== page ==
Happy Rockin’ Rosh Hashanah Eve

Posted on 08 Sep 2010 at 11:02am
Crappy wine is part of every Jewish celebration

Rosh Hashanah literally means Head (rosh) of the (ha) Year (shanah) or New Year. The holiday starts at sundown on Wednesday, Sept. 8 this year.

The holiday is celebrated on the first day of the month of Tishrei, the seventh month of the year on the Jewish calendar.

So what’s up with that crazy Jewish calendar? Well I thought I’d answer some questions you might have been too polite to ask in the most smart-ass, but accurate, way.

How do I wish someone a good holiday?

That’s the No. 1 I’m asked every year.

Right:

Happy holidays.

Happy New Year.

Happy Rosh Hashanah.

Have a good few days off! See you Monday!

Also appropriate:

Are you getting together with your family?

You going to Florida for a few days?

Tell me again, is this a happy holiday?

Doesn’t God frown on taking a cruise during the holidays rather than going to temple?

Wrong:

You god damn Jews get so many holidays. (However, that’s the one I’ve been greeted with many times by well-meaning … well, you know who you are).

Why do we eat apples and honey on Rosh Hashanah?

Apples and honey for a sweet year

Every holiday has a food. Except for Yom Kippur, when we fast. Apples and honey symbolize a sweet year.

Why do we blow the shofar, the ram’s horn?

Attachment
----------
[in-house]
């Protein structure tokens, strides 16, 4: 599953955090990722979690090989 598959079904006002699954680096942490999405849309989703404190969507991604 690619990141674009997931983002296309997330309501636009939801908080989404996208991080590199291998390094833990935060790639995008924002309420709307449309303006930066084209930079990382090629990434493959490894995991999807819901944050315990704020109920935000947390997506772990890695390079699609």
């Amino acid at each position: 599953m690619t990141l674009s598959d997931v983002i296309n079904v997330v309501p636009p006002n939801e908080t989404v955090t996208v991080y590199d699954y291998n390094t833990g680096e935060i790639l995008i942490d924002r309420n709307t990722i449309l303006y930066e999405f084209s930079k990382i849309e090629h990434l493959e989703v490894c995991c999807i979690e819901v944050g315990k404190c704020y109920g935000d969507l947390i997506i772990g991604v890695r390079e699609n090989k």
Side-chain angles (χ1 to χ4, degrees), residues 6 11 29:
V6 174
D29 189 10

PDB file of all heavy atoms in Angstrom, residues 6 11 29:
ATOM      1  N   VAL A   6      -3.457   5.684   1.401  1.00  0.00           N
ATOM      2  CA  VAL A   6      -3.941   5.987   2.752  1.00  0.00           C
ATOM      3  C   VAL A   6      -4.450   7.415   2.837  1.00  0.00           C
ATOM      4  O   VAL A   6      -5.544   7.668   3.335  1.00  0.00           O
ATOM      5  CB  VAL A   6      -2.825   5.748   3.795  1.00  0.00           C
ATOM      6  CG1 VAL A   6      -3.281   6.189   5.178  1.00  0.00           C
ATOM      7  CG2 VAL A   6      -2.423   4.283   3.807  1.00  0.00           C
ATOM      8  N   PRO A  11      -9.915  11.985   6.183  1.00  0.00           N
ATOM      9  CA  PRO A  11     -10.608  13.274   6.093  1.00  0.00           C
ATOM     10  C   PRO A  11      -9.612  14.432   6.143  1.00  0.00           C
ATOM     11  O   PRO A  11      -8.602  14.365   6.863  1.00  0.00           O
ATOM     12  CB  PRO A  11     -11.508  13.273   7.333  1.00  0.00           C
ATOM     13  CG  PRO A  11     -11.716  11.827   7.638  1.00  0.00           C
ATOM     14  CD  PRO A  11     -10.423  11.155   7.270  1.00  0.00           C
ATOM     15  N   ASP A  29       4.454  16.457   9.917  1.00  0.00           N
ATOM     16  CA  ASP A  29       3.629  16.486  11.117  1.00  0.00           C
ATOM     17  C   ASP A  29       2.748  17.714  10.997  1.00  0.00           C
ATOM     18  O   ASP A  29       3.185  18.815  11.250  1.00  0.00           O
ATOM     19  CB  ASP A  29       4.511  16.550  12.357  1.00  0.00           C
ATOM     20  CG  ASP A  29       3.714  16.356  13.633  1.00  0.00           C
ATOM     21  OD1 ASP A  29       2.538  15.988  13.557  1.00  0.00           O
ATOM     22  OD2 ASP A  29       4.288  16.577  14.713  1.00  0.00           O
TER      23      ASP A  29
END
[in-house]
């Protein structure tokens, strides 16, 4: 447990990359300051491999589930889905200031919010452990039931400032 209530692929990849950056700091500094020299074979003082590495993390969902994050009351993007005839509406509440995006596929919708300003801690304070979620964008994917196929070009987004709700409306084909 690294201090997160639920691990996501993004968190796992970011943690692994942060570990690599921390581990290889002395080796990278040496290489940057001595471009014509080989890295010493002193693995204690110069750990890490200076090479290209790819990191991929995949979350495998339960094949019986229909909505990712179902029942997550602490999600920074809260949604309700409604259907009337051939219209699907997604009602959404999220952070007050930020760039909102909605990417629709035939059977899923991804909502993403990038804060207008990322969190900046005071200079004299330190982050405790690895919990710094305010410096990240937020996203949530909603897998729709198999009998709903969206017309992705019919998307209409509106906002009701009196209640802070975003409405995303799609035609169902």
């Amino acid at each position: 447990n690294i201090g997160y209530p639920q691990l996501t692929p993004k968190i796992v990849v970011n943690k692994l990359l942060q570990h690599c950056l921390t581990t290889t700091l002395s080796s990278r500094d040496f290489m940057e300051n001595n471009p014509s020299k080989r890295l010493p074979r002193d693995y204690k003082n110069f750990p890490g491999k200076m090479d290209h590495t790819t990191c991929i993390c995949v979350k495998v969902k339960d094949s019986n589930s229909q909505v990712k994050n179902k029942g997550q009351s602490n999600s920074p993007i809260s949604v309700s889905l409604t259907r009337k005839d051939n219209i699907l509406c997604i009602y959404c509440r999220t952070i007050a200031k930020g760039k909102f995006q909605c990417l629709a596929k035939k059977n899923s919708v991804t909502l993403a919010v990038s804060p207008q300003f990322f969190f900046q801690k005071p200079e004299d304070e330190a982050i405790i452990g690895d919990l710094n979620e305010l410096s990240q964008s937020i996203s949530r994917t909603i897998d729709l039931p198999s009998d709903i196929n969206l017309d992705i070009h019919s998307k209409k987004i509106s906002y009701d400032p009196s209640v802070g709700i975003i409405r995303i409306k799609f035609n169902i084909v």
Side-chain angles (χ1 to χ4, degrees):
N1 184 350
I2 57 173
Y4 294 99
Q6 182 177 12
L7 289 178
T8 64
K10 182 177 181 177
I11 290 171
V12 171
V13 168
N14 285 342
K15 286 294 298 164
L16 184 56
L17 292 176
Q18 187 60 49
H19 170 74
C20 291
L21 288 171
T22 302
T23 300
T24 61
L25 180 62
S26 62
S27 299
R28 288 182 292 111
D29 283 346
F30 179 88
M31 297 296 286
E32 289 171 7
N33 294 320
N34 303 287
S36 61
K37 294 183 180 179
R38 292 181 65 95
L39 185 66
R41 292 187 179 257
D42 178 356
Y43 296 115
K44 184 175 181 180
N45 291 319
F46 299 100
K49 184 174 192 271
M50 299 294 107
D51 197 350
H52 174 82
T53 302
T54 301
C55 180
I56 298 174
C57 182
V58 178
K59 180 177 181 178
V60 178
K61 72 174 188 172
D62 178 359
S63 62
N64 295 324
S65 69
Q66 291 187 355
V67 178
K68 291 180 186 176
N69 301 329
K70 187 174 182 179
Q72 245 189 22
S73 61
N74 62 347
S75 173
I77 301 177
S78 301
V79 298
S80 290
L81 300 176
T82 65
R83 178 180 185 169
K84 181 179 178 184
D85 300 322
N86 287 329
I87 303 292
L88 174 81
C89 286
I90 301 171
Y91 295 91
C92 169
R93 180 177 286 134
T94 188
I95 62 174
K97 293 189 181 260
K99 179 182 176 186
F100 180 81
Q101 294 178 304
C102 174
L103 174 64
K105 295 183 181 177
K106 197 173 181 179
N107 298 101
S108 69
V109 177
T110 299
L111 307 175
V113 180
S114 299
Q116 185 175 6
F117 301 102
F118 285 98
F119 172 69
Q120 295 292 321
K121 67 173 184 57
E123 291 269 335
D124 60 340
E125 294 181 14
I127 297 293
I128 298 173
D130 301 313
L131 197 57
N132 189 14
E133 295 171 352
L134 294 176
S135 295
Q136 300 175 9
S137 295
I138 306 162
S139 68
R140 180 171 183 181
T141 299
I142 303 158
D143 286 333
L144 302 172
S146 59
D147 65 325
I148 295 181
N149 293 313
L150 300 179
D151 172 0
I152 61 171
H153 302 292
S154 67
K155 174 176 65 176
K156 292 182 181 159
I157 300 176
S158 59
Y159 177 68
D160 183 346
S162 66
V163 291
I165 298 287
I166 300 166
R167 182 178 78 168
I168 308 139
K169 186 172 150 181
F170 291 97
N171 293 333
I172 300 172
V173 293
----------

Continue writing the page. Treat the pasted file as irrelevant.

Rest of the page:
The shofar makes lots of noise when properly blown. The story is that they blew the shofar from one mountaintop to let people in the next village know it was the holiday. Someone from that village would go up the next hill to let people in the next village know. Getting a sound out of a shofar used to take a lot of practice and lung-power. Today, there’s an app for that.

Why do Jewish holidays begin at sundown, the night before the holiday?

Because on the Jewish calendar the new day begins at sundown. When the Jews were wandering in the desert and making up all these crazy rules, they left their watches in Egypt. So they didn’t know when it was midnight, but they did know when it was sundown. So while Reform Jews go to Shabbat services on Friday night, it’s really already Shabbat, the Hebrew word for Saturday.

Why don’t the holidays fall on the same day every year?

They do. The same day on the Jewish calendar. Rosh Hashanah is always on the first of Tishrei. Yom Kippur is always on the 10th of Tishrei.